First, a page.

This is what I am interested in, I don’t care if people consider it as an art or not. It is very important to mention that the artistic intelligence does not depend of the format; we should not relate art only with photography, sculpture, painting…, neither with cooking in its most strict sense. But under certain circumstances, cooking can also be considered as an art.
Really? How novel.
So, to oblige, Adrià said his famed restaurant in Cala Monjoi should be considered a satellite Documenta pavilion and agreed to give two random Kassel visitors each day “the possibility of living the unique experience of having dinner at elBulli.” (I would like to believe that the regrettable tone is a result of student translation.) In case you’re interested in scoring that stellar reservation, Documenta 12 runs through Sept. 23.
Please don’t misunderstand. I am thrilled that attention is being paid to a process that turns sustenance into sublimity — something that cocktails in their infancy had a leg up on anyway. Those who can’t make it either to Cala Monjoi or Kassel should at least try drinks and a meal at wd-50 in Manhattan’s Lower East Side and see what is meant by “pretzel consommé.” For years I have tried to explain wd-50 chef Wylie Dufresne’s (B.A. in philosophy) two-dimensional grisaille quilt of oysters, no longer on the menu. It not only turned the fat mollusks into a flat essence, but made a subject into an image the same way Francis Bacon painted a pope.
Years ago I asked Peter Hoffman, founding chef of New York’s Savoy restaurant, how he came up with ideas for recipes. Like many curious cooks, he read, traveled, marketed, and ate in other places. But then, he said, he had dreams — about standing at the stove, melding flavors and textures so new ones would arise.
Do dreams taste? Can you have a flavor nightmare?
Adrià gets a lot of press from his actual laboratory in Barcelona in which he and his staff spend months test-tubing the next season’s menu. (Marinetti, by the way, preferred formula to recipe.) But every good kitchen, though mostly an assembly line, should be part lab. And every decent bar has the aesthetic responsibility to be the same.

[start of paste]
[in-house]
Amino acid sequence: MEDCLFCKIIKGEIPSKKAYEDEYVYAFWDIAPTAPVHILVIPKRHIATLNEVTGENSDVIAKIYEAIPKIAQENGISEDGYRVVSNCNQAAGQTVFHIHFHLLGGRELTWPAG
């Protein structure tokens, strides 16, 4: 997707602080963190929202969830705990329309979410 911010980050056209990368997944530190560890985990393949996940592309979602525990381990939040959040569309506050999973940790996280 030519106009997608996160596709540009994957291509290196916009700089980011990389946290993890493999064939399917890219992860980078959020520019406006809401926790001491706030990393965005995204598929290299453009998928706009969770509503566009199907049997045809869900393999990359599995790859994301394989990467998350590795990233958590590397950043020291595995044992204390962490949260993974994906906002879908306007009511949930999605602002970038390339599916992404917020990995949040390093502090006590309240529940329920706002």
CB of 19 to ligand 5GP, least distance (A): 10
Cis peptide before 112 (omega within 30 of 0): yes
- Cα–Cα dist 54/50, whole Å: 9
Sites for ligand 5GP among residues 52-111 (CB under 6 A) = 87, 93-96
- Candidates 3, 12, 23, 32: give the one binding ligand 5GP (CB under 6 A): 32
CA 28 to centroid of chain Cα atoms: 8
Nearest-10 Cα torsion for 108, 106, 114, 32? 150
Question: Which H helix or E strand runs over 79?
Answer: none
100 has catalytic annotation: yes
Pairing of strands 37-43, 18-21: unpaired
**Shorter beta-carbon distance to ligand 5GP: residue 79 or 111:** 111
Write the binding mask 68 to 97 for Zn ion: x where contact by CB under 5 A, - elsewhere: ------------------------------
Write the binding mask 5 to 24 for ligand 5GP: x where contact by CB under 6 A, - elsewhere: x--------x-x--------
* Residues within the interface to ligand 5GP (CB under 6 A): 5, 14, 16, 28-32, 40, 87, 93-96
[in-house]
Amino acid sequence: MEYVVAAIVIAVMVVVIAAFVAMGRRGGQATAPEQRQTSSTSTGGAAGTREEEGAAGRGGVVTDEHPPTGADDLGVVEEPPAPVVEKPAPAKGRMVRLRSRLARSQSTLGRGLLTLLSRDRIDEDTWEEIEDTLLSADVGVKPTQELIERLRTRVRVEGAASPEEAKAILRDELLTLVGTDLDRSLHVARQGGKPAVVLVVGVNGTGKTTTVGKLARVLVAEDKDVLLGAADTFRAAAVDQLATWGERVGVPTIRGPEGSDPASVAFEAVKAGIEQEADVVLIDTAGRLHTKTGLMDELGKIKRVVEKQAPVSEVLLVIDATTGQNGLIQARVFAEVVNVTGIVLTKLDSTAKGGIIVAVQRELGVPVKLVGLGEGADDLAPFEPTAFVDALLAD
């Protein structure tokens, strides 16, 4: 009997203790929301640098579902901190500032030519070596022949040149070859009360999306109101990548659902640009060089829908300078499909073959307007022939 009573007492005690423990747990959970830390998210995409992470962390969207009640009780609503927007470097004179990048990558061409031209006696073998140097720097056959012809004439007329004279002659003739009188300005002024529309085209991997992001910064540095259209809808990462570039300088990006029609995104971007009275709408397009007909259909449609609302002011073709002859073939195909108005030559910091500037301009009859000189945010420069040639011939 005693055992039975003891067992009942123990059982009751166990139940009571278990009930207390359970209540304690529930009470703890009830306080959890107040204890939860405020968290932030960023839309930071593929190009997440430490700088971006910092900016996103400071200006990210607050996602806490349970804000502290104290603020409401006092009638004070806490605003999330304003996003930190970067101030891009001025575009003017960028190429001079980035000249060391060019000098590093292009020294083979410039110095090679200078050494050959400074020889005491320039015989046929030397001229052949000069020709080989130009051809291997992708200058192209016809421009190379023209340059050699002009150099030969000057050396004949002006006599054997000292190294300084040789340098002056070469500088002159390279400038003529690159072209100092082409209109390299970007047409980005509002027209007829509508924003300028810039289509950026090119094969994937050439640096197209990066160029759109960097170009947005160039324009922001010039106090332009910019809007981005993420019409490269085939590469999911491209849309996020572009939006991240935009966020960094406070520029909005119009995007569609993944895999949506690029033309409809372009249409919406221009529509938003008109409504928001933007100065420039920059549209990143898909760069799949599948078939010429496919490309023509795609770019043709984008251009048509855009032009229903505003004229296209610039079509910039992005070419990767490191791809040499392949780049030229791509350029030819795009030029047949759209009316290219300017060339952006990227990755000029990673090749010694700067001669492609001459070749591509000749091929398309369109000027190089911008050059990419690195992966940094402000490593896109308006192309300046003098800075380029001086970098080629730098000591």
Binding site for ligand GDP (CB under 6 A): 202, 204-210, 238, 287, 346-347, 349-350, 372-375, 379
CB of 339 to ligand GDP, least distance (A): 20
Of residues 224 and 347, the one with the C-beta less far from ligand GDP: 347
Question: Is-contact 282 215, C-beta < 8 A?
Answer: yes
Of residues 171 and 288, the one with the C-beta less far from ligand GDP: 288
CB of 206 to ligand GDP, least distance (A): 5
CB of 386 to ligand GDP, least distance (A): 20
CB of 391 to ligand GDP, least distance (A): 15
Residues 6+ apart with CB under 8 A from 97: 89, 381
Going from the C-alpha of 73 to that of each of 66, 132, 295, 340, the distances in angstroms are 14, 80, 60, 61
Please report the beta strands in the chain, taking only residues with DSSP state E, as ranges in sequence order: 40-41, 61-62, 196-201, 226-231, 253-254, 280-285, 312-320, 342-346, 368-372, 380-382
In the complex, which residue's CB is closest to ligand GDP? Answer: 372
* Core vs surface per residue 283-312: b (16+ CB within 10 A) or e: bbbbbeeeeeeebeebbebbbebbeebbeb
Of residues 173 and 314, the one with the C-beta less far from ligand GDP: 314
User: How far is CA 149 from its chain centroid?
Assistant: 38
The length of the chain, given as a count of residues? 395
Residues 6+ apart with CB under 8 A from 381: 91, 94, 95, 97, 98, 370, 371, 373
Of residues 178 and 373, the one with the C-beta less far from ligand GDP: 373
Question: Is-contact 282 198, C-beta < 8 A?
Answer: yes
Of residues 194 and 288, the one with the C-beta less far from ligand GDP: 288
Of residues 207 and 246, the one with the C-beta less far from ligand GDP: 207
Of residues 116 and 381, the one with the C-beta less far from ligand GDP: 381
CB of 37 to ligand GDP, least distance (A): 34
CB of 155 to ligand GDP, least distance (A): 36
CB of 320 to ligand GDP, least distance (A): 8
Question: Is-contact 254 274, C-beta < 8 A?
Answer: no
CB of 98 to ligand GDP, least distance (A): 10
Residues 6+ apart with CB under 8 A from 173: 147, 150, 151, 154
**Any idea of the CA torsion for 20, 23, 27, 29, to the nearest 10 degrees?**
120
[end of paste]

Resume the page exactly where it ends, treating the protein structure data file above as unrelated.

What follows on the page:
So what is my list of handsome new drinks? Here’s where you expect examples that might include herb infusions, steeped lichees, atomized musk. Yet I hesitate to be specific. One risk in cocktail invention is that unless a drink has an “anchor” that allows it to be ordered again and again, the new elixir can fade fast, which is why my pomegranate molasses mojito, belle of last year’s ball, this summer stayed indoors. Finding that anchor can be a creator’s most difficult task.
Another risk is that the most delightful personal discovery may be someone’s old hat, such as when I first tasted the roseate, feminine Hearst (gin, sweet vermouth, Angostura and orange bitters), which turns out to have been served at the Waldorf-Astoria in the ’30s, and the blond, masculine Gordon, which is merely gin, a thimble of dry sherry, and a lemon twist. (Because each gin is itself a recipe, the brand you use determines the result.) The elegant Gordon is an old-timer, too.
When I lived and worked in Philadelphia, I tried to invent a cocktail. It was to be traditional in style, rum-based (the city’s Colonial history would have it so), a simple refreshment with the suave inevitability of a Manhattan. The Philadelphia. Some of my messy experiments came close, but nothing ultimately claimed its glass. Is there an artist- or writer-version of drinking one’s failures?
Just like any other art form, a bad cocktail leaves one shaken, a great cocktail leaves one stirred.
Footnote: I can’t omit DrinkBoy. Robert Hess’s site foresaw the cocktail comet; DrinkBoy also links to other worthies, including cocktail artist Dale DeGroff and the Museum of the American Cocktail (guess where it is).